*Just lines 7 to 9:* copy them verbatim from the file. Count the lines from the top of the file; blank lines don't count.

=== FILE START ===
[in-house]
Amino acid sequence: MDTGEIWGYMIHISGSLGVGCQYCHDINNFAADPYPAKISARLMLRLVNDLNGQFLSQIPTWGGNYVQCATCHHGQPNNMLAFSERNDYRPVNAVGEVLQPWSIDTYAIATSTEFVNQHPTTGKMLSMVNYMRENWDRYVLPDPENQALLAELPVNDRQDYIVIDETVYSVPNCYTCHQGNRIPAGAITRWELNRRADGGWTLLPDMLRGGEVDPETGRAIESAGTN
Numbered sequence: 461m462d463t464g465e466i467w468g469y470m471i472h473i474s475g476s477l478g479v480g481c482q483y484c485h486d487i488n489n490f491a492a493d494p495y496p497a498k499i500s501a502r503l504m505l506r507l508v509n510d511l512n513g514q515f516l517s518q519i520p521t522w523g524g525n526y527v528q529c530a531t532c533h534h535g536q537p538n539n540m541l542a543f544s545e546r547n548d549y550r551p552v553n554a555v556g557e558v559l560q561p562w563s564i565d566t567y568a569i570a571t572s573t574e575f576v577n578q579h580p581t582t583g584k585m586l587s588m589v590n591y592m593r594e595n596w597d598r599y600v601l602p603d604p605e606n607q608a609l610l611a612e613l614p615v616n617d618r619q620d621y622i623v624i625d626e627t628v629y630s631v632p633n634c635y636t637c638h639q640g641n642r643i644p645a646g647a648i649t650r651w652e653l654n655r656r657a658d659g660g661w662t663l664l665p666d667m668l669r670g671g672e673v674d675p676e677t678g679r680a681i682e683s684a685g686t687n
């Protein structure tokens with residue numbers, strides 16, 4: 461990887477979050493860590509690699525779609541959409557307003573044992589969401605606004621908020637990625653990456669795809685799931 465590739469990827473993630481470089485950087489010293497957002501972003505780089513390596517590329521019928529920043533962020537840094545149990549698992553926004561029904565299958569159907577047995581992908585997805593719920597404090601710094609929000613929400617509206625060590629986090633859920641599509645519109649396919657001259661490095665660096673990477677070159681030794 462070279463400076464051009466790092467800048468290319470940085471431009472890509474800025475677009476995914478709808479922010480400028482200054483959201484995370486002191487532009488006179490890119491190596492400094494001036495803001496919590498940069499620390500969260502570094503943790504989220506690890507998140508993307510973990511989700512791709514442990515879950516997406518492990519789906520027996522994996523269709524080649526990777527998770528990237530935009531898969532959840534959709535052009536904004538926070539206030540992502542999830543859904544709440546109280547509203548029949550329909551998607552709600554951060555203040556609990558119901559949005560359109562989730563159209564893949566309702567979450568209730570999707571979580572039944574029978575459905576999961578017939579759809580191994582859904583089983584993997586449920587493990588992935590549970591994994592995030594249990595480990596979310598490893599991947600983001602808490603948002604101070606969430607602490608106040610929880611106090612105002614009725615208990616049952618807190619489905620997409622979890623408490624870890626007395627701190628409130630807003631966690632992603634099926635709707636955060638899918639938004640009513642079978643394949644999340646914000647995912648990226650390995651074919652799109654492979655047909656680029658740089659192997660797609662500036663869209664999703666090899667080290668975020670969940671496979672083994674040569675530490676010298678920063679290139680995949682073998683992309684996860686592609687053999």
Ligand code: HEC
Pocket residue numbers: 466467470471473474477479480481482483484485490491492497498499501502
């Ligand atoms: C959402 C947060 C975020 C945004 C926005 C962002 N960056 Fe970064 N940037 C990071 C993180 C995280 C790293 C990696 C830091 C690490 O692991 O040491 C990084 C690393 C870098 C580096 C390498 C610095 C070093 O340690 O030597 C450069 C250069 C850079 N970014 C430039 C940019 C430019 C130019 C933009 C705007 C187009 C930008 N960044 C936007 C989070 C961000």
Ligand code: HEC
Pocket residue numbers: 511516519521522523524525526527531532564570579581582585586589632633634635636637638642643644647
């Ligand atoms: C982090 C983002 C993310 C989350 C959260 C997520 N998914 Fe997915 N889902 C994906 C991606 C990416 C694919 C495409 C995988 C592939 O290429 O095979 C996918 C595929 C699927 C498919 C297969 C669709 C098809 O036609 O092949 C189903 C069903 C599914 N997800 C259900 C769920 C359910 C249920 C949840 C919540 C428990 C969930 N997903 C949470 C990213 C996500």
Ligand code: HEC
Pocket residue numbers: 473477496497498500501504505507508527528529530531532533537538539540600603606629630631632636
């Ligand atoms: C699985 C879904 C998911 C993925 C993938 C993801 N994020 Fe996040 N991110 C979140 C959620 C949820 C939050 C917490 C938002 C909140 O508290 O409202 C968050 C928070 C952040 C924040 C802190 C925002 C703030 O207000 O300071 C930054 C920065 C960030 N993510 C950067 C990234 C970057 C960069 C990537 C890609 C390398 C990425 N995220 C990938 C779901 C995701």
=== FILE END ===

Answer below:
């Ligand atoms: C959402 C947060 C975020 C945004 C926005 C962002 N960056 Fe970064 N940037 C990071 C993180 C995280 C790293 C990696 C830091 C690490 O692991 O040491 C990084 C690393 C870098 C580096 C390498 C610095 C070093 O340690 O030597 C450069 C250069 C850079 N970014 C430039 C940019 C430019 C130019 C933009 C705007 C187009 C930008 N960044 C936007 C989070 C961000």
Ligand code: HEC
Pocket residue numbers: 511516519521522523524525526527531532564570579581582585586589632633634635636637638642643644647